When the Prime Minister visits a construction site to talk about the latest strategy to increase and improve infrastructure in the country, it is a clear sign of success. The MTX Hereford County Hospital project delivers three state-of-the-art hospital wards, with 72 beds, in just 11 months. This modular construction site visited by Boris Johnson is being showcased to build better, greener, and faster.
Historically, modular construction has been seen as the inferior option to brick-and-mortar construction. Yet, MTX can deliver up to 50% quicker with a product constructed to the highest quality assurance and with better environmental credentials. Boris Johnson’s August 2020 visit to this modular building site is evidence that it could be the answer to the government’s Project Speed.
Let’s explore how modular construction can build better, greener and faster than brick-and-mortar techniques.
A better way to build
Despite historical prejudice, the build quality of modular units is high. Each unit is an engineered solution that goes through careful quality assurance processes in a factory setting. Each part of the unit is constructed indoors and by permanent tradespeople. Unlike brick-and-mortar sites that rely on subcontractors, the factory build modular units with a regular team of trades on hand. Consequently, managing the quality of work is so much easier for a modular constructor.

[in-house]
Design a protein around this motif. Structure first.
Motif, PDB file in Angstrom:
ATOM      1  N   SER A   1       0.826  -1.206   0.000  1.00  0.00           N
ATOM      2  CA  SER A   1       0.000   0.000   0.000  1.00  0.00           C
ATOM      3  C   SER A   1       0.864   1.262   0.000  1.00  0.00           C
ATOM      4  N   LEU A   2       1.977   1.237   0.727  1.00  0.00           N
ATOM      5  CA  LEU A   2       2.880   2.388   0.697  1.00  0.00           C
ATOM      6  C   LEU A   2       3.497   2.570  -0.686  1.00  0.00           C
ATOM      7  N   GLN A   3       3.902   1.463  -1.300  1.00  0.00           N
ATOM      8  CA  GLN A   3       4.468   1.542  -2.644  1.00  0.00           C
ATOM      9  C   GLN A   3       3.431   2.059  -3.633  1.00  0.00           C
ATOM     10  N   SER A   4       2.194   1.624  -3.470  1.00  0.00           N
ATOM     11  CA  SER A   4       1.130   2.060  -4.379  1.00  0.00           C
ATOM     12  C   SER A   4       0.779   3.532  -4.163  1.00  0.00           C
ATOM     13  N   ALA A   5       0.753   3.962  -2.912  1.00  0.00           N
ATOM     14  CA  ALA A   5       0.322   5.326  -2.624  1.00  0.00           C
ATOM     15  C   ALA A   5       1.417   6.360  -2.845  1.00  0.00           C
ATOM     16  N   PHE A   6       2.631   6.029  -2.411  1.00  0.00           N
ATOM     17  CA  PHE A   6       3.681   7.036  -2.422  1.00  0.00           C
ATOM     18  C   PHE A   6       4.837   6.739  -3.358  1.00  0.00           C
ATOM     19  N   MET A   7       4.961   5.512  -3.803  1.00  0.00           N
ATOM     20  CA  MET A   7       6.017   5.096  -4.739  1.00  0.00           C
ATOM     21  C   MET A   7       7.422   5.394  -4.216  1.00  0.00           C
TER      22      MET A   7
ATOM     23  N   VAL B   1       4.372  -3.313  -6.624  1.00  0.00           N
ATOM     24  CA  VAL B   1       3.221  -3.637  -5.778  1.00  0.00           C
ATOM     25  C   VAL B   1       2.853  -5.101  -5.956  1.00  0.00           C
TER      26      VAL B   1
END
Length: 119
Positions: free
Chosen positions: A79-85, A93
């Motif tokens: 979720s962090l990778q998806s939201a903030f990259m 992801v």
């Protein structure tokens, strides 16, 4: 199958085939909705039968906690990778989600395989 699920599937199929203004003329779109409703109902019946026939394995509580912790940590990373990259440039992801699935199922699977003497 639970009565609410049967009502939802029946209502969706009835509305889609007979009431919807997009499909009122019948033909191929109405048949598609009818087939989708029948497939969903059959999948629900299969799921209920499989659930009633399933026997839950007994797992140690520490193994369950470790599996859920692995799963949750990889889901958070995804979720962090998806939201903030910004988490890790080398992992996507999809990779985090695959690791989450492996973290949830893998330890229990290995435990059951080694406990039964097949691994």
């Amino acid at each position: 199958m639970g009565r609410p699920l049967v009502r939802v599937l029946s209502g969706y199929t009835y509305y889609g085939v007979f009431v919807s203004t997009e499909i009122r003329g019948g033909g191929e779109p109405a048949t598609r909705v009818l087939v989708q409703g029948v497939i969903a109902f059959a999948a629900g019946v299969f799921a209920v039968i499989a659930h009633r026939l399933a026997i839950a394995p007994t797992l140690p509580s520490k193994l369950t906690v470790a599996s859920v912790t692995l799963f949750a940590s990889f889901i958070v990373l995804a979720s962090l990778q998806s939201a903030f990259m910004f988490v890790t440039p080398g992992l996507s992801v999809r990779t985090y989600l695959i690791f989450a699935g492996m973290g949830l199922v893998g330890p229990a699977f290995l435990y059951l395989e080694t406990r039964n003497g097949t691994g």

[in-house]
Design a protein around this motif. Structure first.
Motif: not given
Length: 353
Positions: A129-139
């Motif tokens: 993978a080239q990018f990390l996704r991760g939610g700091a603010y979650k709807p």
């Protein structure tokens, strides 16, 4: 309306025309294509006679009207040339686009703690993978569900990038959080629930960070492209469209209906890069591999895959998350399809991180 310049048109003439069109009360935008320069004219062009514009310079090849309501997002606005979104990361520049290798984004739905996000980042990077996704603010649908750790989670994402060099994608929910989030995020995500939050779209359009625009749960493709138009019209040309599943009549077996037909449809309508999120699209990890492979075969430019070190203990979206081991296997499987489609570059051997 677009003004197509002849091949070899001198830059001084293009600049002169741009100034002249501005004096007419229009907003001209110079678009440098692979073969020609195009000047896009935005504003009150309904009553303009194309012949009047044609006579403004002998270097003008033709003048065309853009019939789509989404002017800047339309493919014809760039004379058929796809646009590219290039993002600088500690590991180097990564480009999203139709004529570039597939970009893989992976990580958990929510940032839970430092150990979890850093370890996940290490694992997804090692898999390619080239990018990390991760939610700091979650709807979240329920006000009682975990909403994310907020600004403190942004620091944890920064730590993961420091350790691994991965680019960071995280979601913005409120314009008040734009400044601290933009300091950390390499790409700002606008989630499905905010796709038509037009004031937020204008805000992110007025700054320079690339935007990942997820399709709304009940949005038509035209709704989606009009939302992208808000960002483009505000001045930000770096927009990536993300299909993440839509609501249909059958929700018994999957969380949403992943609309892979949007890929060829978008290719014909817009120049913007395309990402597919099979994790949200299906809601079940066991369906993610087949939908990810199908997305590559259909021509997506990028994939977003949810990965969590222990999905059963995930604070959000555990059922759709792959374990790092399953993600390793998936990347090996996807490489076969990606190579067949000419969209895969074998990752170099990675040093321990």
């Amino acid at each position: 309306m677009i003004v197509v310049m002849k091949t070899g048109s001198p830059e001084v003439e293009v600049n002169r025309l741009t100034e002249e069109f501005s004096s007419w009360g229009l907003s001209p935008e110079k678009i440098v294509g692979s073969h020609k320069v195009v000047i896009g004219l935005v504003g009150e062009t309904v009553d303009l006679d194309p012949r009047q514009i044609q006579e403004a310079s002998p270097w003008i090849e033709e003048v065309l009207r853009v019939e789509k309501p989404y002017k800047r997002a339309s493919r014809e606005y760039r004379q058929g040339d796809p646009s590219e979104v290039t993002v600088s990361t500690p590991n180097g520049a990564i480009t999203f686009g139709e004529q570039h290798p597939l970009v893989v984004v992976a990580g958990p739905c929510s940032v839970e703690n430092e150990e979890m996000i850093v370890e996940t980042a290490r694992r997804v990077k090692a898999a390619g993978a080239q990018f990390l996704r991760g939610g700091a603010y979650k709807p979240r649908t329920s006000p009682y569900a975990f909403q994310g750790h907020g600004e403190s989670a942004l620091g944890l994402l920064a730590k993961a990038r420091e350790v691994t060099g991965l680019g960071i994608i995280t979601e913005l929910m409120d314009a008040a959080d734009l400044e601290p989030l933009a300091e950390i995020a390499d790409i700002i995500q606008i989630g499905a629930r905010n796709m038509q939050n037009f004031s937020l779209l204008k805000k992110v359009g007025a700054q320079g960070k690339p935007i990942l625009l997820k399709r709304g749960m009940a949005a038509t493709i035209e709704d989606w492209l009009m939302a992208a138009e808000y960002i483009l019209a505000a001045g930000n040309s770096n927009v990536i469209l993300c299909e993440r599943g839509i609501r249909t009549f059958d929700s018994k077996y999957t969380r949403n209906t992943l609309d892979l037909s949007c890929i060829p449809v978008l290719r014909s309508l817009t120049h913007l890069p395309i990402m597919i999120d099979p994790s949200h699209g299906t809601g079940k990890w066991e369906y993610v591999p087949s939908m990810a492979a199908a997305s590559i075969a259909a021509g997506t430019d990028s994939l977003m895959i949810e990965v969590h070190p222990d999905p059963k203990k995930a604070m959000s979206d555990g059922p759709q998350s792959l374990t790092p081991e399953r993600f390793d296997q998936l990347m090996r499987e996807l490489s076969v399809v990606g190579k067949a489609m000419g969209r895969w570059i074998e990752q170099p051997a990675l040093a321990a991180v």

Not only are the techniques and skills employed strong, but the approach is also better for the client. There is much less construction traffic coming and going from the site, and fewer operatives are working onsite. It makes for a much less disruptive experience for the client, who is usually trying to manage a hospital or school on the site at the same time.
A greener way to build
In a time of significant concern over the environment, it is also important that construction become more sustainable. When a site is cleared of brick-and-mortar construction, the debris ends up in the landfill. If replaced by another traditional structure, there will be more waste as supplies are generally over-ordered to prevent the trades on site from running out.
It couldn’t be more different with a modular construction project. Anything constructed in this way can also be deconstructed easily and the parts recycled. Supplies in the factory are always available and for different projects, massively limiting waste. Estimates suggest that modular construction prevents up to 60% of waste from going to landfills.
A quicker way to build
For an initiative called project speed, it is not surprising that the government are interested in a method that is 50% quicker. When building modular hospital wards, such as the ones in Hereford, the substructure is completed simultaneously as the superstructure. Once the groundworks are complete, the units are ready for delivery. With prefabricated finishes and MEP, once delivered to the site, there is little delay before the completed project is handed over to the client.
Even though it defies expectations, MTX has proven that building better, greener, and faster is best achieved with modular construction techniques.